She’s out in Arizona now, and she adopted a dog a few months ago who has turned out to be a handful. His name is Duke, and that’s the name he came with. I had a few sessions with him early on, and he’d settle down for a bit, but it never seemed to stick. Terrifying the cat, leaping over the gate and escaping, generally turning the household upside down. Annette hired a trainer, which was a good idea since the communication wasn’t enough to settle him down. Lots of great ideas, which met with a mixed response from Duke. So, Annette asked me to check in and see how he feels about the training. We set up an appointment, and all day before our phone call I kept getting this message that Duke needs a different name, that his name was too macho, and a contributing factor to his behavior. I was thinking of Teddy, something softer, like that. Annette says “How about Bennie? That was my Dad’s name.”
Well, we hung up the phone, and she texted me a few minutes later. She was in the kitchen and she called out “Bennie!, and doesn’t he come right to her from the living room! “Duke” had never been called Bennie before, yet he answered to it right away! She’s told me that the name change has resulted in changes in his behavior.
I had an interesting exchange the other day with a client regarding the words we animal caretakers use for euthanizing our beloved companions. She lamented the routine use of phrases such as “put him/her down,” and she asked me if I had any alternatives that sounded less harsh.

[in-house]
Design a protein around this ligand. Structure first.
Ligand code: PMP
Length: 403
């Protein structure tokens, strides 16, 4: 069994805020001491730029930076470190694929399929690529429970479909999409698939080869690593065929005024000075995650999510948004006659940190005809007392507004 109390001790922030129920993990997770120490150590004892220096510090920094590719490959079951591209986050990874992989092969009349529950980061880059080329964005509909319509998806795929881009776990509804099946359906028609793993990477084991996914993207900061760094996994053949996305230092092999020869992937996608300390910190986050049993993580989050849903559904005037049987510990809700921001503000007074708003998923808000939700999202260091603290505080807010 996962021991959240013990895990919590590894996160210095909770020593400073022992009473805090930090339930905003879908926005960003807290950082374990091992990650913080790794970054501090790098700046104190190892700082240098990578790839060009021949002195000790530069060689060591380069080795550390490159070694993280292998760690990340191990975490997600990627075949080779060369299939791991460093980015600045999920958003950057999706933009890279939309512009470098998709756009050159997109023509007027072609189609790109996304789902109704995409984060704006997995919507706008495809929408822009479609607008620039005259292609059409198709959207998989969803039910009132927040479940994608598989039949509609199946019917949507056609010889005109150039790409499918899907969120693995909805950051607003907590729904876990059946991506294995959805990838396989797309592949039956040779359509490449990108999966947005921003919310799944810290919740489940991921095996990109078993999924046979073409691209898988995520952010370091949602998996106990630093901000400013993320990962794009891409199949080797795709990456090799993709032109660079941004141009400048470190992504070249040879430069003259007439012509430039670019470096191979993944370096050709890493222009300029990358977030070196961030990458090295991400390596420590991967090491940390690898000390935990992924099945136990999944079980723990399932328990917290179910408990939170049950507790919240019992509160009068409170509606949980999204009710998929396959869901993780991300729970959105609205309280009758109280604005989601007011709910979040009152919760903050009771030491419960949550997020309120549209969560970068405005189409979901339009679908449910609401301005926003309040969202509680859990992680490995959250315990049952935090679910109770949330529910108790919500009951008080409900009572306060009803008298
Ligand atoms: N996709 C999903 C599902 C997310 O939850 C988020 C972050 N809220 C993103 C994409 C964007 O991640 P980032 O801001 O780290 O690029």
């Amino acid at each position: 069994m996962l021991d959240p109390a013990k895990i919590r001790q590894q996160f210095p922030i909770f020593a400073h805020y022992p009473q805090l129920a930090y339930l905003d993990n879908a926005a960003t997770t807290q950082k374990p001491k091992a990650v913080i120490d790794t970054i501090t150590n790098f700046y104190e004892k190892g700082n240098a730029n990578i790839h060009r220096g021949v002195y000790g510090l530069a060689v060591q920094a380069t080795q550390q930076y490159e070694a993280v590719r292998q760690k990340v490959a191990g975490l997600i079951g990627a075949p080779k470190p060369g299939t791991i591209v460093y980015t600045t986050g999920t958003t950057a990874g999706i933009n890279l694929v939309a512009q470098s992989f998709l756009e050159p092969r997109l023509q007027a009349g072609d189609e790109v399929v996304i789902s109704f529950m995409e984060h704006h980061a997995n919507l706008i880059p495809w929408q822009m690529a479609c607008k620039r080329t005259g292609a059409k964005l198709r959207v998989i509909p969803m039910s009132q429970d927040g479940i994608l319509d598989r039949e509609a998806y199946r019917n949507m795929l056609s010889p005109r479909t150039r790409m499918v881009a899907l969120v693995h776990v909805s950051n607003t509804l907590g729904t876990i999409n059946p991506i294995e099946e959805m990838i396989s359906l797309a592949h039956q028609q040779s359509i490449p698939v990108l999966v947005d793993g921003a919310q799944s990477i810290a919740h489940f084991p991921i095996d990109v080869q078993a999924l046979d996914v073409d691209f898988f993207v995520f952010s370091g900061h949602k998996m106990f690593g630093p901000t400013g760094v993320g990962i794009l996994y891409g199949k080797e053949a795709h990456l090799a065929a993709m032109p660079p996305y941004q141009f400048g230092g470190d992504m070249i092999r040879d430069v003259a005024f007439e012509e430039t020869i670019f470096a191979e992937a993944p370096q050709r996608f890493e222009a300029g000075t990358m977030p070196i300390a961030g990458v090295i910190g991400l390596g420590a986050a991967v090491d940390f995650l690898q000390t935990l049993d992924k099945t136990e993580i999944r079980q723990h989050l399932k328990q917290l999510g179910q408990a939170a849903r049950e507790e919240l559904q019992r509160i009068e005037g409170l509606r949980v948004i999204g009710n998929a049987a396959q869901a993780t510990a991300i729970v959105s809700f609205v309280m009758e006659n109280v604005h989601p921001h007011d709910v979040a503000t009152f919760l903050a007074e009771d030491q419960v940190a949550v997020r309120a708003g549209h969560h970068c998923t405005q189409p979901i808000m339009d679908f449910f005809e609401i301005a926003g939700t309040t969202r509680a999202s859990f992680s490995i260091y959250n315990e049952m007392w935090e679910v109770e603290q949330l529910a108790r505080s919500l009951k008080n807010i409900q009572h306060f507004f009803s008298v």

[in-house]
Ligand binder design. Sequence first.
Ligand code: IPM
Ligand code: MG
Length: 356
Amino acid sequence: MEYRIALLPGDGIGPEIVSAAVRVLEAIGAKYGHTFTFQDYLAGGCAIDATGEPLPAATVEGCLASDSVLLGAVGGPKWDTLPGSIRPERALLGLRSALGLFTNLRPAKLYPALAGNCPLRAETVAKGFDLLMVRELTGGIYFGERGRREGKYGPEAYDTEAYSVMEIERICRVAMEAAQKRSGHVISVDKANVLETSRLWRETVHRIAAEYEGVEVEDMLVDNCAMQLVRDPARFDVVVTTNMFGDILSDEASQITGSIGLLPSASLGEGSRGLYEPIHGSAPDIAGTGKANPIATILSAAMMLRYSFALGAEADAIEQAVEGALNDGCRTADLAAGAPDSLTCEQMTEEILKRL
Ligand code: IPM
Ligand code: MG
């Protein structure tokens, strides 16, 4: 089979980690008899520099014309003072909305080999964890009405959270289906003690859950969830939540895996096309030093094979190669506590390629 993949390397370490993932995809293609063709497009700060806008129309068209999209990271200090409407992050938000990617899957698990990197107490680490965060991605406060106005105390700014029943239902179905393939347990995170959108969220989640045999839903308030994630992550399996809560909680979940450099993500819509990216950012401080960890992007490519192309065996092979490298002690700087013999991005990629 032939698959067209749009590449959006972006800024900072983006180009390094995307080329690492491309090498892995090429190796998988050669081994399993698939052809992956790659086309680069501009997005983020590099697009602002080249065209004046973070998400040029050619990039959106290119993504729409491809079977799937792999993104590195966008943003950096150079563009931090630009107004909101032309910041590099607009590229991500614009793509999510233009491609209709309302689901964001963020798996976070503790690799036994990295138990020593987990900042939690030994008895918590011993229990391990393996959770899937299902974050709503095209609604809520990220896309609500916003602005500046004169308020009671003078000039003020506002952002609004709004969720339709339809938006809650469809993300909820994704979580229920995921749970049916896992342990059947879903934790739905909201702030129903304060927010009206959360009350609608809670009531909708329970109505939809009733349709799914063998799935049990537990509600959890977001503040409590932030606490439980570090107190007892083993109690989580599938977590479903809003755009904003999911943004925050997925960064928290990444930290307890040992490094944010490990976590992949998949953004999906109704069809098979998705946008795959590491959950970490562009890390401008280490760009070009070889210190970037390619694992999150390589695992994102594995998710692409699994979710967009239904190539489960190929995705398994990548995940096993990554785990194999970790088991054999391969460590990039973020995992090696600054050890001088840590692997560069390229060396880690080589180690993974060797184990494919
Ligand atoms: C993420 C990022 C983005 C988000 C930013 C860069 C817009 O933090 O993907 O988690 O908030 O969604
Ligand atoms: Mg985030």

In writing a book about my experiences with animals over the last twenty years, I’ve had to give some thought to this question. The need for the use of a term comes up frequently when dealing with the question of whether an animal prefers to have assistance with his/her passing, or prefers to pass naturally on his/her own.
Phrases I prefer are of this nature:
- Help her to leave her body.
- Help him to let go of his body.
- Help him to transition.
- Assist them with letting go.
- Helping to release them from their bodies.
These phrases mostly imply that there’s somewhere they will be going, which is consistent with my belief in an afterlife, for animals as well as humans.
And sometimes in my writing, I just use the formal word “euthanize,” for the sake of variety.